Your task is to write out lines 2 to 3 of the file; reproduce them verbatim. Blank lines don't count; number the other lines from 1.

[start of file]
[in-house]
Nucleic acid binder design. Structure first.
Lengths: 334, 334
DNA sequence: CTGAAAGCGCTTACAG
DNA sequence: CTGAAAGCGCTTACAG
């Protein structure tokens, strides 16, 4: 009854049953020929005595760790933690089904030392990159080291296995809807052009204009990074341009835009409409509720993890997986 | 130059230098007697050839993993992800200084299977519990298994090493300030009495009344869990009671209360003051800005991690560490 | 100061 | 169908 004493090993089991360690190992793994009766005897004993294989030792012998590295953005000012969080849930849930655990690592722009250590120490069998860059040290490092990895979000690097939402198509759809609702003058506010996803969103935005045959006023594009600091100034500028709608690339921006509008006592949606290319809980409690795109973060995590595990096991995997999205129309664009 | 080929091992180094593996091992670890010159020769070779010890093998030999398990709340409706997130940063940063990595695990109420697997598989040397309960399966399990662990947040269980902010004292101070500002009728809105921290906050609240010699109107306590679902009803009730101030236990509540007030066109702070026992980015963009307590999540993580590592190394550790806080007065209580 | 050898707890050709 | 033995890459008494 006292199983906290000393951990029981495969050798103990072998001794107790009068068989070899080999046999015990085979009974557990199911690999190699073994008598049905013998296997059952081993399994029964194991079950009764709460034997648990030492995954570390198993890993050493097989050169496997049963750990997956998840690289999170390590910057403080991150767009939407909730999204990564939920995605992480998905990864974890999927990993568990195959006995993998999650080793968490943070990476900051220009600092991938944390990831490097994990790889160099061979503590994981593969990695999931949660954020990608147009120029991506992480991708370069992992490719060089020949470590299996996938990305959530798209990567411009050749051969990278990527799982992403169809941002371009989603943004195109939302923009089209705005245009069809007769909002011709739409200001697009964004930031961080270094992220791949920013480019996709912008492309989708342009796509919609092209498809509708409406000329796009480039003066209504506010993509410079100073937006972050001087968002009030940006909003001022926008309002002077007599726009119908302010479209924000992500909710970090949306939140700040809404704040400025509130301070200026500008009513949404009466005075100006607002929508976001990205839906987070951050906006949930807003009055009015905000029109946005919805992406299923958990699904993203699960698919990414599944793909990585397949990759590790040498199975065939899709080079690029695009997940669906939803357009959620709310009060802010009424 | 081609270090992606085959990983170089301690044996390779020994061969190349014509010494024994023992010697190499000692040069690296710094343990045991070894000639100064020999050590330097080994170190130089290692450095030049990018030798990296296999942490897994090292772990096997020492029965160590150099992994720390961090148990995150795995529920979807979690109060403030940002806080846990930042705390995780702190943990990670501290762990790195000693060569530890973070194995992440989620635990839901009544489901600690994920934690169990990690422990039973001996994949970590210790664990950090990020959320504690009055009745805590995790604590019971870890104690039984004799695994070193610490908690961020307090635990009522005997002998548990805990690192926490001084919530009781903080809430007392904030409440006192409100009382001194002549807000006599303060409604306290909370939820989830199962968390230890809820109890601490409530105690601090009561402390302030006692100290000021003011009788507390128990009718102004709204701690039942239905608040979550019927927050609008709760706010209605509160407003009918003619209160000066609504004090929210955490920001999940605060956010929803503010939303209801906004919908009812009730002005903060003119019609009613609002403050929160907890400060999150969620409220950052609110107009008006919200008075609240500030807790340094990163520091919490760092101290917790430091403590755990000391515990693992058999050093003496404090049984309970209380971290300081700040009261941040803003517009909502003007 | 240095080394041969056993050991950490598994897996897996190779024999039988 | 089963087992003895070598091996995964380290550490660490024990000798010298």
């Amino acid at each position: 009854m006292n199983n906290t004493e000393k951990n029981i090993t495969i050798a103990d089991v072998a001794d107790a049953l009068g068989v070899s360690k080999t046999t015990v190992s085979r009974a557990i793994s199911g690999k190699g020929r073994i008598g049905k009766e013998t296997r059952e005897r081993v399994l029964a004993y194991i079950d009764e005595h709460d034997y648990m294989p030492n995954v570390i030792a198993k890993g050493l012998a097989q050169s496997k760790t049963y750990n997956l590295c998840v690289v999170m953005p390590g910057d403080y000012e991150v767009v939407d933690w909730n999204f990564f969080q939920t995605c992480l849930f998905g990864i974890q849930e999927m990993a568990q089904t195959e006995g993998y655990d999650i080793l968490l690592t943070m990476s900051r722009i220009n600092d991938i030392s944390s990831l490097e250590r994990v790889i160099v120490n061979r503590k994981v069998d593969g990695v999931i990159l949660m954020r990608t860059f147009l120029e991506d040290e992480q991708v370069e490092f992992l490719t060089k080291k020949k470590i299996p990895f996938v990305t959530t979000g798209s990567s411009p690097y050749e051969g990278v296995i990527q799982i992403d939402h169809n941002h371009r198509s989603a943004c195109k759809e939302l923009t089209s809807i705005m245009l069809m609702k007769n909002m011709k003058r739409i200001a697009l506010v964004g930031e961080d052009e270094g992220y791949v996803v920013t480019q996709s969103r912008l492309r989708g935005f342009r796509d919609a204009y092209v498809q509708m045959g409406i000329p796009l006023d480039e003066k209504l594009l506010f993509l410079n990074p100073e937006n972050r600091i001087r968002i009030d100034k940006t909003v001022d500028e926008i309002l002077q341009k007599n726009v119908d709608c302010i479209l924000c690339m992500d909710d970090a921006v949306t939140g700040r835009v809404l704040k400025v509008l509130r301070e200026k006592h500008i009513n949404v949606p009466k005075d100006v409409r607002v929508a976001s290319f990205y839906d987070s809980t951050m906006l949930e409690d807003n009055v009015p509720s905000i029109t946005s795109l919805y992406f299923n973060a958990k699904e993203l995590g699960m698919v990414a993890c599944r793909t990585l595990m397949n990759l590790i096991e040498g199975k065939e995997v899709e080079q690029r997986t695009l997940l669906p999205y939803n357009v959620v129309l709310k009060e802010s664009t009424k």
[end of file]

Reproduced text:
Nucleic acid binder design. Structure first.
Lengths: 334, 334